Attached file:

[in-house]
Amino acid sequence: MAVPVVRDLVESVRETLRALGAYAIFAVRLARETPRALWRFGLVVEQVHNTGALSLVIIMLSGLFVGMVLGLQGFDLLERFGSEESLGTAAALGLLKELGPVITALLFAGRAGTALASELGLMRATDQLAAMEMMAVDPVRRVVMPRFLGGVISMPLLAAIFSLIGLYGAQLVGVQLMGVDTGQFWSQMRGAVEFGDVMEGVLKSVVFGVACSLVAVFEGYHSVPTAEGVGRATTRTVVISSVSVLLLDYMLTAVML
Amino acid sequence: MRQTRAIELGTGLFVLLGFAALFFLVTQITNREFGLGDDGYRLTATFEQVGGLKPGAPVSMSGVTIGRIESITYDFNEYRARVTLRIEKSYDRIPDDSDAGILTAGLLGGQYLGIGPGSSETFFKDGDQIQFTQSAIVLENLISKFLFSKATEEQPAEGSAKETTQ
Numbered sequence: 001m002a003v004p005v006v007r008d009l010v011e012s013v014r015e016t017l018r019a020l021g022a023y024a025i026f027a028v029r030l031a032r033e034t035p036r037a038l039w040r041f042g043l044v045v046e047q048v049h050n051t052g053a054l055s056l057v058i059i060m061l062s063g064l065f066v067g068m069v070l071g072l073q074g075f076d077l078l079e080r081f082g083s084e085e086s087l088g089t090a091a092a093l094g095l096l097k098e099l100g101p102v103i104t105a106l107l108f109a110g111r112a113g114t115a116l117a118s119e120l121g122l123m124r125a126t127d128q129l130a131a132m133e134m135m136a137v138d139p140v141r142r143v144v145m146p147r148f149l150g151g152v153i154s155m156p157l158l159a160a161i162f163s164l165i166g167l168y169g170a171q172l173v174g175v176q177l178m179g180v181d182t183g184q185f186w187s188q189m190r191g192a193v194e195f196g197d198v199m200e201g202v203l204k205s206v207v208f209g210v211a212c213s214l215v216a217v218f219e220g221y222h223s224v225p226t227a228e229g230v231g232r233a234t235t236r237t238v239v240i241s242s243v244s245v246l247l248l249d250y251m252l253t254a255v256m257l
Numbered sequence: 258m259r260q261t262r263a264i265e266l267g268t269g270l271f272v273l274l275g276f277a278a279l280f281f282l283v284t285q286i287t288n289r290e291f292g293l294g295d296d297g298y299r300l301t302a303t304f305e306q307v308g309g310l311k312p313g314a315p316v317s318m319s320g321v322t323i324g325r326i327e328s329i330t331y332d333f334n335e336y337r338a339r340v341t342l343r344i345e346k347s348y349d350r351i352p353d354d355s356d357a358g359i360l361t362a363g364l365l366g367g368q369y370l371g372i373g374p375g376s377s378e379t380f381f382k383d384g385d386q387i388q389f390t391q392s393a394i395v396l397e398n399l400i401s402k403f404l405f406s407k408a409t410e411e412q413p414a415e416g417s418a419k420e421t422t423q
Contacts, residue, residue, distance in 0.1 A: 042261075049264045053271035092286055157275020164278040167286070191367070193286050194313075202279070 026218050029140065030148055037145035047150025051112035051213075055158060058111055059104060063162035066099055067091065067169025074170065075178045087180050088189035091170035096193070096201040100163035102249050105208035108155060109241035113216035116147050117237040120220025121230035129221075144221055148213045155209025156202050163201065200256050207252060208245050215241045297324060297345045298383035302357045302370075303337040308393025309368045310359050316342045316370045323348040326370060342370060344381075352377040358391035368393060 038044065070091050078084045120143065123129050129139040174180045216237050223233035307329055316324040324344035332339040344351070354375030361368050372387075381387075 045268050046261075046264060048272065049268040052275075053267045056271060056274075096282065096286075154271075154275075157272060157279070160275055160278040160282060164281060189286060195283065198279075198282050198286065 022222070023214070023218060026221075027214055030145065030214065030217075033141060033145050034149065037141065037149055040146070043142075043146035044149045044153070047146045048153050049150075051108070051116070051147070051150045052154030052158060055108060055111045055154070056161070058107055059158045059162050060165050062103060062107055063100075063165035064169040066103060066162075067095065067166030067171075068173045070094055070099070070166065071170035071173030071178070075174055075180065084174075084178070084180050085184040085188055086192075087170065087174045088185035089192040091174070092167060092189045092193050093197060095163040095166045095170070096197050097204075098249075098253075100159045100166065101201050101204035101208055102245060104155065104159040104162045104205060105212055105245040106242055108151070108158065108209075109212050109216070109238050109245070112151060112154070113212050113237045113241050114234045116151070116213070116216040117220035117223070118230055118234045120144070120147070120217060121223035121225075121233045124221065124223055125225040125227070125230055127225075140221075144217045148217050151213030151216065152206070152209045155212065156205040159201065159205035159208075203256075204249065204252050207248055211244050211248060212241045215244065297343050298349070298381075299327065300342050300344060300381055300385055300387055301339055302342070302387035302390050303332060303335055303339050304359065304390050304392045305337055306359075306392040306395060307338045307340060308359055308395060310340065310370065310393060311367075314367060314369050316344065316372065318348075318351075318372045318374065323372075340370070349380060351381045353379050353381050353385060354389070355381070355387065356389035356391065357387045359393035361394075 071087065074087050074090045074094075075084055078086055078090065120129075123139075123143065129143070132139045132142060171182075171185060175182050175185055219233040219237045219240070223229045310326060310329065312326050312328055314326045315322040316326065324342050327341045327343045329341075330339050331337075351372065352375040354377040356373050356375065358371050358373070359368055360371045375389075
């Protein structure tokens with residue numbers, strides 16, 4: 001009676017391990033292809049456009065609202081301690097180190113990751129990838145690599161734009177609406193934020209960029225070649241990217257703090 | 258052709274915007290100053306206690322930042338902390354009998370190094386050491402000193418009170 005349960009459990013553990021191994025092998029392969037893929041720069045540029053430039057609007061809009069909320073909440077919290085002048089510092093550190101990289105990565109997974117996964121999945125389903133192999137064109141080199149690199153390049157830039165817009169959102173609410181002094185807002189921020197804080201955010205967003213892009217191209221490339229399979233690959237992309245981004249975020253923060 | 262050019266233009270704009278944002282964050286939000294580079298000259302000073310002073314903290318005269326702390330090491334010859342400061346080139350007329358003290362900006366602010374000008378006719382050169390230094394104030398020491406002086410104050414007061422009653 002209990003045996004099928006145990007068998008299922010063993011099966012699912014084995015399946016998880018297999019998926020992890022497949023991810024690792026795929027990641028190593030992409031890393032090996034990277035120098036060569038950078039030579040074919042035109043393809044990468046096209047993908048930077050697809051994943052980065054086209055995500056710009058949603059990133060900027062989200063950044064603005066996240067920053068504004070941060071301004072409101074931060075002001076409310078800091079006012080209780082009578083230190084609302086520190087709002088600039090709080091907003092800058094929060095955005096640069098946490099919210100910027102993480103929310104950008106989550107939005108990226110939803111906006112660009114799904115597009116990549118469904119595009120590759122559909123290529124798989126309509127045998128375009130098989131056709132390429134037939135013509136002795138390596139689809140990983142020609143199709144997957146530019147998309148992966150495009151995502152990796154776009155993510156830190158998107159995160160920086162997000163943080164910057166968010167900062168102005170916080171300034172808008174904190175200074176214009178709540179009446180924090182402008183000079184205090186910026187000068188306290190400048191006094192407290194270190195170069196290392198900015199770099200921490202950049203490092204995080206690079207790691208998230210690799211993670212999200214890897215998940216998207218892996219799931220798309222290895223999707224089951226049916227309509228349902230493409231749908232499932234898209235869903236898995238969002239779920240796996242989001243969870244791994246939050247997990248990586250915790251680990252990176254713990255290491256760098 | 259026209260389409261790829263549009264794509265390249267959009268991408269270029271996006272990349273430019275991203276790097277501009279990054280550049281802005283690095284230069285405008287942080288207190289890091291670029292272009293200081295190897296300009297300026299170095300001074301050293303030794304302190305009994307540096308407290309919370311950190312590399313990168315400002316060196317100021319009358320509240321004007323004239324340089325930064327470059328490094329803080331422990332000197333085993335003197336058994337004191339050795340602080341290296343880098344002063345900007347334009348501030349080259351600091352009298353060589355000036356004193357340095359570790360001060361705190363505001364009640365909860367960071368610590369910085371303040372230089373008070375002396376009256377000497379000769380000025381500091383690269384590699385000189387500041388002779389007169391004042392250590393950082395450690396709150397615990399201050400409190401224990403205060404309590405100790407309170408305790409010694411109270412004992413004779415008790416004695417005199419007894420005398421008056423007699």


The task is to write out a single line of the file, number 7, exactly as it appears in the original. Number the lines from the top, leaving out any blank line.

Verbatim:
């Protein structure tokens with residue numbers, strides 16, 4: 001009676017391990033292809049456009065609202081301690097180190113990751129990838145690599161734009177609406193934020209960029225070649241990217257703090 | 258052709274915007290100053306206690322930042338902390354009998370190094386050491402000193418009170 005349960009459990013553990021191994025092998029392969037893929041720069045540029053430039057609007061809009069909320073909440077919290085002048089510092093550190101990289105990565109997974117996964121999945125389903133192999137064109141080199149690199153390049157830039165817009169959102173609410181002094185807002189921020197804080201955010205967003213892009217191209221490339229399979233690959237992309245981004249975020253923060 | 262050019266233009270704009278944002282964050286939000294580079298000259302000073310002073314903290318005269326702390330090491334010859342400061346080139350007329358003290362900006366602010374000008378006719382050169390230094394104030398020491406002086410104050414007061422009653 002209990003045996004099928006145990007068998008299922010063993011099966012699912014084995015399946016998880018297999019998926020992890022497949023991810024690792026795929027990641028190593030992409031890393032090996034990277035120098036060569038950078039030579040074919042035109043393809044990468046096209047993908048930077050697809051994943052980065054086209055995500056710009058949603059990133060900027062989200063950044064603005066996240067920053068504004070941060071301004072409101074931060075002001076409310078800091079006012080209780082009578083230190084609302086520190087709002088600039090709080091907003092800058094929060095955005096640069098946490099919210100910027102993480103929310104950008106989550107939005108990226110939803111906006112660009114799904115597009116990549118469904119595009120590759122559909123290529124798989126309509127045998128375009130098989131056709132390429134037939135013509136002795138390596139689809140990983142020609143199709144997957146530019147998309148992966150495009151995502152990796154776009155993510156830190158998107159995160160920086162997000163943080164910057166968010167900062168102005170916080171300034172808008174904190175200074176214009178709540179009446180924090182402008183000079184205090186910026187000068188306290190400048191006094192407290194270190195170069196290392198900015199770099200921490202950049203490092204995080206690079207790691208998230210690799211993670212999200214890897215998940216998207218892996219799931220798309222290895223999707224089951226049916227309509228349902230493409231749908232499932234898209235869903236898995238969002239779920240796996242989001243969870244791994246939050247997990248990586250915790251680990252990176254713990255290491256760098 | 259026209260389409261790829263549009264794509265390249267959009268991408269270029271996006272990349273430019275991203276790097277501009279990054280550049281802005283690095284230069285405008287942080288207190289890091291670029292272009293200081295190897296300009297300026299170095300001074301050293303030794304302190305009994307540096308407290309919370311950190312590399313990168315400002316060196317100021319009358320509240321004007323004239324340089325930064327470059328490094329803080331422990332000197333085993335003197336058994337004191339050795340602080341290296343880098344002063345900007347334009348501030349080259351600091352009298353060589355000036356004193357340095359570790360001060361705190363505001364009640365909860367960071368610590369910085371303040372230089373008070375002396376009256377000497379000769380000025381500091383690269384590699385000189387500041388002779389007169391004042392250590393950082395450690396709150397615990399201050400409190401224990403205060404309590405100790407309170408305790409010694411109270412004992413004779415008790416004695417005199419007894420005398421008056423007699």